October 10 is Mental Health Day.
I live in the Philippines, and there are three things that people think of when they think of the Philippines (given that they know where it is):
- Oh, beaches!
- Oh, Duterte (insert positive or negative connotation here)
- Oh, resilience.
In several surveys, it was consistently shown that Filipinos are among the happiest people in the world – they can smile even though their houses are drowned in floodwater. They can laugh while playing cards or majhong at someone’s wake. And if all things go to shit, and all hell breaks loose, there isn’t anything that can’t be fixed with a bottle of beer and a bunch of friends.
The truth is that a lot of Filipinos learned to live with it because that’s all they knew: this country is shit for most of the masses and they make what they can of it – squat in other people’s property, live as underpaid and overworked workers, and have their children beg on the streets if that’s what it means to survive.
Not Everything is Hearts and Roses
On the other side of the spectrum, despite photos of toothy grins in the middle of floods, at least SEVEN Filipinos commit suicide every day. Many more go through different sorts of mental illness. And because the Filipinos believe in living in hell most of the time anyway, they believe that Mental Health is a thing of the imagination.
“Ang drama mo bes, magtigil ka nga.”
“Ay, as if ang laki ng problema mo, arte lang yan.”
“Dali mo lang kasi ma stress, palibhasa #richkidproblems lang.”
This kind of thinking has to stop.
I mean, the Filipino people has denied the existence of mental health problems for so long, that even when a senator brought up the Mental Health Act, it got ridiculed. When the government opened a suicide hotline, it got prank-called.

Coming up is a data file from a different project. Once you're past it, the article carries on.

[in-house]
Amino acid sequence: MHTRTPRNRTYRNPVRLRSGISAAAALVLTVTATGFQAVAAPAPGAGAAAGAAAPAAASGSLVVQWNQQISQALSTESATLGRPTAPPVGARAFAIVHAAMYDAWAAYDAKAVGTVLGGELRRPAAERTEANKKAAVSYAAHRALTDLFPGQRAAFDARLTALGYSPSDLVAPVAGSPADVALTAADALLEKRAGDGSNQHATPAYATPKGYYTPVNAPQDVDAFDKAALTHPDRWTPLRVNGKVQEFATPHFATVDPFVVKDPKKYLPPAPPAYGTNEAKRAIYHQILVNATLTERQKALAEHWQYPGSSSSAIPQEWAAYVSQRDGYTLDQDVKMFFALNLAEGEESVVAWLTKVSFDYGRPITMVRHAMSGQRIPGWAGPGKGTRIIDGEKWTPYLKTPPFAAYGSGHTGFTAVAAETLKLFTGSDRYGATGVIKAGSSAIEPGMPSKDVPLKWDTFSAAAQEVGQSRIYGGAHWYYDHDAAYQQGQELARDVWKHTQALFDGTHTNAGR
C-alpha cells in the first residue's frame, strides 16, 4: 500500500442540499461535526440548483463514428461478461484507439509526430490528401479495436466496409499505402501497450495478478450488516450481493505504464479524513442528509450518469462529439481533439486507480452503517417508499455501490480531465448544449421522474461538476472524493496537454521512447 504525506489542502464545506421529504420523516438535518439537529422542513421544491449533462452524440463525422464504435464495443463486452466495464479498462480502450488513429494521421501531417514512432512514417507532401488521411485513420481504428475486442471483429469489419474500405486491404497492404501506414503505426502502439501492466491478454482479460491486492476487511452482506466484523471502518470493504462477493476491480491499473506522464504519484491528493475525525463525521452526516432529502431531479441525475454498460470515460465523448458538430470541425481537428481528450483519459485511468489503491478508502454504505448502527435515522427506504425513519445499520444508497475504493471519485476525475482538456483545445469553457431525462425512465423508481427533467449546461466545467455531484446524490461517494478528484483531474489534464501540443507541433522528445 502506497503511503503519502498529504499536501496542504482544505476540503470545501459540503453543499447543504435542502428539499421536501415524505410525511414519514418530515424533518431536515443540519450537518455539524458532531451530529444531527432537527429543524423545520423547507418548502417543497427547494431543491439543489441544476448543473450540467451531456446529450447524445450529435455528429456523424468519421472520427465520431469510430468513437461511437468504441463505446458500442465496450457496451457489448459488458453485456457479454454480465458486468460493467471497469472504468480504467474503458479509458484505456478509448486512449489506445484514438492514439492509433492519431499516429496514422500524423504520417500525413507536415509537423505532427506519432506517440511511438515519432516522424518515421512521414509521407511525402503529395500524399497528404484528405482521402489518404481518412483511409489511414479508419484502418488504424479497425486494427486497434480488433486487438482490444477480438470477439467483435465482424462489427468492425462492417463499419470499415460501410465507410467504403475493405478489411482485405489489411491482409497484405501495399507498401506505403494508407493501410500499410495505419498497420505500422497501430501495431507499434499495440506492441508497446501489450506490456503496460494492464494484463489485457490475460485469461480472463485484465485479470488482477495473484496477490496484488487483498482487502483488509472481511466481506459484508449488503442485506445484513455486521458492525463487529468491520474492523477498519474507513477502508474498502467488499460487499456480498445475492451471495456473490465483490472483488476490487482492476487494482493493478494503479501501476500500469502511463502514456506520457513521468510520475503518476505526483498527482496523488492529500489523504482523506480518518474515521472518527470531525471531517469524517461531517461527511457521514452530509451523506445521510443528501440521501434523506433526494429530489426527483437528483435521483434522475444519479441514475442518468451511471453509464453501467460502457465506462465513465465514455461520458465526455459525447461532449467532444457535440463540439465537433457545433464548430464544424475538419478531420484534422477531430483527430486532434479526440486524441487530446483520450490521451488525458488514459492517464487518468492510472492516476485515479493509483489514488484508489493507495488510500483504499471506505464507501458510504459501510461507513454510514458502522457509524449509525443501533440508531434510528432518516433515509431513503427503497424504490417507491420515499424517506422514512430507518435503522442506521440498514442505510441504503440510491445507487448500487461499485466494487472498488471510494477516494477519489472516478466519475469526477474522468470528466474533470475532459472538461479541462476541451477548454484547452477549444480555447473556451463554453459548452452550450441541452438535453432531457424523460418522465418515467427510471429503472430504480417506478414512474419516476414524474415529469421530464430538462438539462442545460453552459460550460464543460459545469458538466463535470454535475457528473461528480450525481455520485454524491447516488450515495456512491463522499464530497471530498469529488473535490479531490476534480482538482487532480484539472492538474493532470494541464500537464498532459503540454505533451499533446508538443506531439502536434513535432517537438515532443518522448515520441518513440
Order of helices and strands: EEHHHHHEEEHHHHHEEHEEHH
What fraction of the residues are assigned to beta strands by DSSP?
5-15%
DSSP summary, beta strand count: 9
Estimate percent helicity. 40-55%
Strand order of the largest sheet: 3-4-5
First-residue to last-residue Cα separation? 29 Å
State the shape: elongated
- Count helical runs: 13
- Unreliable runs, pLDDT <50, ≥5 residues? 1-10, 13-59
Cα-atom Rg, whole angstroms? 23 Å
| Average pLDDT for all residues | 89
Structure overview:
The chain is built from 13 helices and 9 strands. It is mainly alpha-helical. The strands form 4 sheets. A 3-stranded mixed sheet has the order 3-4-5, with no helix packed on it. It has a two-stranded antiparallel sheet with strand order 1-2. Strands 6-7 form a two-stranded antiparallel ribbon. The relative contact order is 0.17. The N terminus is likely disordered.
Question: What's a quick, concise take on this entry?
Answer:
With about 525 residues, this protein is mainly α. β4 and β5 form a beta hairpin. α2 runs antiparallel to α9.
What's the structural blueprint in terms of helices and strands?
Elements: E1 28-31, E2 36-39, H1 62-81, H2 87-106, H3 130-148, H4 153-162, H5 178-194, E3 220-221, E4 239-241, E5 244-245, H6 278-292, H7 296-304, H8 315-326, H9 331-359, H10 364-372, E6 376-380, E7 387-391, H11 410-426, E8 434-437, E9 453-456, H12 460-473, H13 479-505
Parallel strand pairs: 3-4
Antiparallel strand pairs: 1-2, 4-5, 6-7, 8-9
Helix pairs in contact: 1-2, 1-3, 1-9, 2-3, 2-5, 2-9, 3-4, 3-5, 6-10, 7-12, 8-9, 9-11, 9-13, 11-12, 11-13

No, there is nothing ridiculous about taking care of yourself, physically or psychologically.
And I know the stigma, because I have seen people being victimized by it.
Look, mental illness, like any other physical problem, cannot be chocked up to weakness, or dramatics, or attention seeking problems. It is a real, non-imagined problem that MRI scans can detect in our brains because although there are instances that outside factors can trigger them, more often than not, it’s also thanks to chemical imbalances in our brains.
So yeah, sometimes, when depressed or bipolar or other mentally ill people can’t explain why they feel certain things, it’s because they really can’t.
Don’t be ignorant.
Open your eyes (and heart) to the reality that even people who live in one of the happiest places on earth (allegedly) don’t feel happy all the time. These problems are real, and if you choose to think otherwise, then maybe you need to educate yourself.
Check out these helpful links here:
- World Mental Health Day – what is it and why is it important?
- 5 Important Reasons to Stop Ignoring Your Mental Health
- Why we need a mental health law in PH
And if, like me, you want to address this very real, very important problem